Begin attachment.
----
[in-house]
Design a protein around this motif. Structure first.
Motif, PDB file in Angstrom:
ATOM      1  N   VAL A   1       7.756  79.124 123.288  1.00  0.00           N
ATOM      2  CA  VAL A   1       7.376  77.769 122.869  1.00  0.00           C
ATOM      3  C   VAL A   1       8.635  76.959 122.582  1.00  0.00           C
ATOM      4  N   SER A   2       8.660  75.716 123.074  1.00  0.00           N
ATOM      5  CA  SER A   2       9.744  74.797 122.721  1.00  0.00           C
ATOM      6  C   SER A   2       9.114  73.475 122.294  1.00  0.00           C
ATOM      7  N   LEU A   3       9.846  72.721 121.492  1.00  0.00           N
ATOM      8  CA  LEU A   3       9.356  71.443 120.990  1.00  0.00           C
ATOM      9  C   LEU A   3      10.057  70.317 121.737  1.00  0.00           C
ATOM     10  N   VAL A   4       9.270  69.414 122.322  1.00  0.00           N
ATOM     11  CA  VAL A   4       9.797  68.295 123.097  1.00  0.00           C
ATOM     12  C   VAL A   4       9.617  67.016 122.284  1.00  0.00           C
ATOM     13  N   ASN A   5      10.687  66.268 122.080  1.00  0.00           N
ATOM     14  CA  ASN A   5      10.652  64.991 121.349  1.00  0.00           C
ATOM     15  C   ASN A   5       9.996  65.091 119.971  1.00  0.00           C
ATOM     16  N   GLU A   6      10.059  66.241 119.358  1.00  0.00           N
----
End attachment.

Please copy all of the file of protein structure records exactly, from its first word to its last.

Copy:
[in-house]
Design a protein around this motif. Structure first.
Motif, PDB file in Angstrom:
ATOM      1  N   VAL A   1       7.756  79.124 123.288  1.00  0.00           N
ATOM      2  CA  VAL A   1       7.376  77.769 122.869  1.00  0.00           C
ATOM      3  C   VAL A   1       8.635  76.959 122.582  1.00  0.00           C
ATOM      4  N   SER A   2       8.660  75.716 123.074  1.00  0.00           N
ATOM      5  CA  SER A   2       9.744  74.797 122.721  1.00  0.00           C
ATOM      6  C   SER A   2       9.114  73.475 122.294  1.00  0.00           C
ATOM      7  N   LEU A   3       9.846  72.721 121.492  1.00  0.00           N
ATOM      8  CA  LEU A   3       9.356  71.443 120.990  1.00  0.00           C
ATOM      9  C   LEU A   3      10.057  70.317 121.737  1.00  0.00           C
ATOM     10  N   VAL A   4       9.270  69.414 122.322  1.00  0.00           N
ATOM     11  CA  VAL A   4       9.797  68.295 123.097  1.00  0.00           C
ATOM     12  C   VAL A   4       9.617  67.016 122.284  1.00  0.00           C
ATOM     13  N   ASN A   5      10.687  66.268 122.080  1.00  0.00           N
ATOM     14  CA  ASN A   5      10.652  64.991 121.349  1.00  0.00           C
ATOM     15  C   ASN A   5       9.996  65.091 119.971  1.00  0.00           C
ATOM     16  N   GLU A   6      10.059  66.241 119.358  1.00  0.00           N